Disability history exists outside of the institutions, healers, and treatments it often brings to mind. It is a history where the disabled live not just as patients or cure-seekers, but rather as people living differently in the world-and it is also a history that helps define the fundamental concepts of identity, community, citizenship, and normality.
The Oxford Handbook of Disability History is the first volume of its kind to represent this history and its global scale, from ancient Greece to British West Africa. The twenty-seven articles, written by thirty experts from across the field, capture the diversity and liveliness of this emerging scholarship. Whether discussing disability in modern Chinese cinema or on the American antebellum stage, this collection provides new and valuable insights into the rich and varied lives of the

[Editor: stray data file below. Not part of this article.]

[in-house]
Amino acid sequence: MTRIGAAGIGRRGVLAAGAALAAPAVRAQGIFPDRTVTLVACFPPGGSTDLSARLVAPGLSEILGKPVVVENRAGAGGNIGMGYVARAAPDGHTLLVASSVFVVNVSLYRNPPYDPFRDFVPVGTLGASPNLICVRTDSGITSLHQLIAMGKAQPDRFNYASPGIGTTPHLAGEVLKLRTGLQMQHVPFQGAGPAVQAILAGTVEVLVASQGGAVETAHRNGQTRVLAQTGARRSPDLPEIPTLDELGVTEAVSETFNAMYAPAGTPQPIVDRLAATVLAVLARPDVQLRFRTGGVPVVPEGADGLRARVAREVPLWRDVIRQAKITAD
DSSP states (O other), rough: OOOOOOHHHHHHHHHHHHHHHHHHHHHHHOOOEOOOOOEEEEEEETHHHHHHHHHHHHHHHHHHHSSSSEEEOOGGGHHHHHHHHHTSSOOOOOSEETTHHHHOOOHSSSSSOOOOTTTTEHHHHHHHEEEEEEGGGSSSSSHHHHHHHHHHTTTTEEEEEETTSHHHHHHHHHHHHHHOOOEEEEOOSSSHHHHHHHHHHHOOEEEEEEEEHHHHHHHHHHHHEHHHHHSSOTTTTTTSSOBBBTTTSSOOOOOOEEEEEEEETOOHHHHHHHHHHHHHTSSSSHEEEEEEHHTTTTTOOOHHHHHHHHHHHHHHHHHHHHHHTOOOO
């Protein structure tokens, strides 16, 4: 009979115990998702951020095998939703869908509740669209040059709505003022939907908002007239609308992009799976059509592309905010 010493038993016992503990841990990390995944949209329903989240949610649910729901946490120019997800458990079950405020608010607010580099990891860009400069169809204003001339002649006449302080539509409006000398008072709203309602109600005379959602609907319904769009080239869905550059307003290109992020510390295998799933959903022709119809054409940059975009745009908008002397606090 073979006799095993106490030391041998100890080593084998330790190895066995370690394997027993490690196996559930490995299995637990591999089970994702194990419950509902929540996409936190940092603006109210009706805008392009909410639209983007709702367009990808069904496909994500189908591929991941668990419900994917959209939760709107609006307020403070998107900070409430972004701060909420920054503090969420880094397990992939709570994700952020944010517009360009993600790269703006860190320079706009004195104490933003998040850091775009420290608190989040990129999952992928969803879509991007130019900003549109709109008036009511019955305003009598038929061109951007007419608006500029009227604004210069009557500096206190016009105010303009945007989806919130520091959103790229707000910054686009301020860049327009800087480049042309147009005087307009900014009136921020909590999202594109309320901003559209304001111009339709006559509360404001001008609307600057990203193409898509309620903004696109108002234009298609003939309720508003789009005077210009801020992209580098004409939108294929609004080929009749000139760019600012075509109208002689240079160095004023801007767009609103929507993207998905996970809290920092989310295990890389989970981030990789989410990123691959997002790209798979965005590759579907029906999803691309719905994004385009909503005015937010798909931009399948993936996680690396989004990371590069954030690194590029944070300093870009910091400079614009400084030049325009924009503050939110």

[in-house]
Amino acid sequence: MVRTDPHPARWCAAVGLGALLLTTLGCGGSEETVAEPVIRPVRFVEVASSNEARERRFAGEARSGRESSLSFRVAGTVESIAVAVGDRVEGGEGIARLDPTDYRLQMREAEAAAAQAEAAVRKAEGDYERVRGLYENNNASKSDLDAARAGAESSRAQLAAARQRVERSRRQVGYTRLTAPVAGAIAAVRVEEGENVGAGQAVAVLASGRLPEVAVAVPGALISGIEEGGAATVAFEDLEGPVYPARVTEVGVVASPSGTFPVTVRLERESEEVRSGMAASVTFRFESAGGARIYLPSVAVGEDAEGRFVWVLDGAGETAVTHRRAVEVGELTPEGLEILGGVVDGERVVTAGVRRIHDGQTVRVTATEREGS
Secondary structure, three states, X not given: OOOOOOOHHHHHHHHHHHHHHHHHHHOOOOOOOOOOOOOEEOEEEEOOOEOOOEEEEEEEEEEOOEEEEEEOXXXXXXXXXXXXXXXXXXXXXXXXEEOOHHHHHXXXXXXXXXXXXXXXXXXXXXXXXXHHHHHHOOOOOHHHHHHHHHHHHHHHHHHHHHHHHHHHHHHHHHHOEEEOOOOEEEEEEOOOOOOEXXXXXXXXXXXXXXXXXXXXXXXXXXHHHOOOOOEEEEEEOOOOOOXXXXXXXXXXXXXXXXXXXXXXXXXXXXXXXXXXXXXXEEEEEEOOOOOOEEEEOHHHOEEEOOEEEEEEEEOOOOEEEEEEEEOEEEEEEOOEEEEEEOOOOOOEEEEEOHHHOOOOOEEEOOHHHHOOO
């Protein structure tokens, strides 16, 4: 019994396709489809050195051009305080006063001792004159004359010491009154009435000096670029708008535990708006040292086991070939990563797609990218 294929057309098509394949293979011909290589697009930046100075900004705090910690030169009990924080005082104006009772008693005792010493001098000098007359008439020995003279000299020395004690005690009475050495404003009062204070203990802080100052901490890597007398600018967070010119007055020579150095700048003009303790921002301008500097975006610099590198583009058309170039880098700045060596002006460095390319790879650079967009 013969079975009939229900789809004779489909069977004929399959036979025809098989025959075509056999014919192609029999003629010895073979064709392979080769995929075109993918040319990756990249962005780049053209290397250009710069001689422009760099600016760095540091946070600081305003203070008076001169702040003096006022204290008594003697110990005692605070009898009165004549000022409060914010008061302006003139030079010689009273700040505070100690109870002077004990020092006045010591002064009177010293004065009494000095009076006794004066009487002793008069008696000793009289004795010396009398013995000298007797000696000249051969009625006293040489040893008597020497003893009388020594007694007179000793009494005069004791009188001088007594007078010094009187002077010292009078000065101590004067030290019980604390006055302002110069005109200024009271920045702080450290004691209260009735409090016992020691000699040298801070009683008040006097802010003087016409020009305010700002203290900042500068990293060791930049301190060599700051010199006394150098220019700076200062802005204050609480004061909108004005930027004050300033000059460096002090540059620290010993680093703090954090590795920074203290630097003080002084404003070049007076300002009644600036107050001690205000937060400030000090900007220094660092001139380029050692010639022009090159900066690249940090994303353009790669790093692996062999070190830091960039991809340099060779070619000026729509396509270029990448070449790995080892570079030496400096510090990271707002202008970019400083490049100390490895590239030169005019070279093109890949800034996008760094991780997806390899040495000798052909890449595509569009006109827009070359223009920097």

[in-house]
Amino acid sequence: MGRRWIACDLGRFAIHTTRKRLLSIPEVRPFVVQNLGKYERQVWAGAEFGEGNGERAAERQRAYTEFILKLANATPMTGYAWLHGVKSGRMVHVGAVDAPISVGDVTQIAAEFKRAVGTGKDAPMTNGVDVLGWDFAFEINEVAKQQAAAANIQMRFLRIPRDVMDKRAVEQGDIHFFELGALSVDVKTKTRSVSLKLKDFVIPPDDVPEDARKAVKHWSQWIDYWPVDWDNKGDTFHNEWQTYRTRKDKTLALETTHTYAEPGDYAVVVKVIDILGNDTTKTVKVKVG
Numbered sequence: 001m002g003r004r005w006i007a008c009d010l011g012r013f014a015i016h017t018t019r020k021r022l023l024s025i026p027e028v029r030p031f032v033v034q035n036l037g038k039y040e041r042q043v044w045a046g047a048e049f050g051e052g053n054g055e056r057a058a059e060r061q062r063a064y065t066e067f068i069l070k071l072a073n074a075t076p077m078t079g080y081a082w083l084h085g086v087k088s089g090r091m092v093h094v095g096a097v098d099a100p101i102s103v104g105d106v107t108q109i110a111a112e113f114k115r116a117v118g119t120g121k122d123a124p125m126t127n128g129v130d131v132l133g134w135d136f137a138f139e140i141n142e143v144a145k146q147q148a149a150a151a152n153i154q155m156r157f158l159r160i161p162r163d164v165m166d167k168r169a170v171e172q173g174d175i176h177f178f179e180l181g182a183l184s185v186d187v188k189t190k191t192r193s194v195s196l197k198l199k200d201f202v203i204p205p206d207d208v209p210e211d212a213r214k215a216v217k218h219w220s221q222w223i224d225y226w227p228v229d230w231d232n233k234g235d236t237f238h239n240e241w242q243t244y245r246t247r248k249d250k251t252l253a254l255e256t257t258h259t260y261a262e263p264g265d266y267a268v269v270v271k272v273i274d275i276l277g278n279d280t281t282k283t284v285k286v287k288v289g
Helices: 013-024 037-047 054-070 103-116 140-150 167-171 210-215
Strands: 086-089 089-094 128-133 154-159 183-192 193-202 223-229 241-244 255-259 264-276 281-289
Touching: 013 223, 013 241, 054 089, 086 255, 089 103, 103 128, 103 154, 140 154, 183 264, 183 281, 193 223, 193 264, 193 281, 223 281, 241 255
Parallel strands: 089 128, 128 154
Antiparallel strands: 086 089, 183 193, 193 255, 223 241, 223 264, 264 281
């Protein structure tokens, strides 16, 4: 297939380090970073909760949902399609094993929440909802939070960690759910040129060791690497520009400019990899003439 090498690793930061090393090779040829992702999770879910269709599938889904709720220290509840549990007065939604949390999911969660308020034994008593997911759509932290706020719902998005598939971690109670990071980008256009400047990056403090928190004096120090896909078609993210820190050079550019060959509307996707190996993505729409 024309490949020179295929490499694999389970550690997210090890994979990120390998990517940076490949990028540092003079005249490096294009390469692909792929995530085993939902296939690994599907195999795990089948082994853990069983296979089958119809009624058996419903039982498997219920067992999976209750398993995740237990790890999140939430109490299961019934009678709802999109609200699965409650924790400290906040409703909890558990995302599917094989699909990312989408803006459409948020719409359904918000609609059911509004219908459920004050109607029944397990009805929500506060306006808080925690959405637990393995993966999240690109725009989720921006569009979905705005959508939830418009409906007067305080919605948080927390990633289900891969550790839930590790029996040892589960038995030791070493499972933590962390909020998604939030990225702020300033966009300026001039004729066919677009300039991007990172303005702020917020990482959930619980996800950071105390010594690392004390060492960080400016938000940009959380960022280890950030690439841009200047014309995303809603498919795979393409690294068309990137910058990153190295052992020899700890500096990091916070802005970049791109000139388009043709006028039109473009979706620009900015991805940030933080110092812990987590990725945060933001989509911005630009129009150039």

disabled across time and place.
Michael Rembis is Associate Professor of History and Director of the Center for Disability Studies at the University at Buffalo. He has written or edited many books and articles, including: Defining Deviance: Sex, Science, and Delinquent Girls, 1890-1960 (2011); Disability Histories (2014); and Disabling Domesticity (2016). Catherine Kudlick became Professor of History and Director of the Paul K. Longmore Institute on Disability at San Francisco State University in 2012 after two decades at the University of California, Davis. She has published a number of books and articles in disability history, including Reflections: the Life and Writings of a Young Blind Woman in Postrevolutionary France. Kim E. Nielsen is Professor of Disability Studies at the University of Toledo, where she also teaches courses in History and Women's & Gender Studies. She is the author of A Disability History of the United States (2012).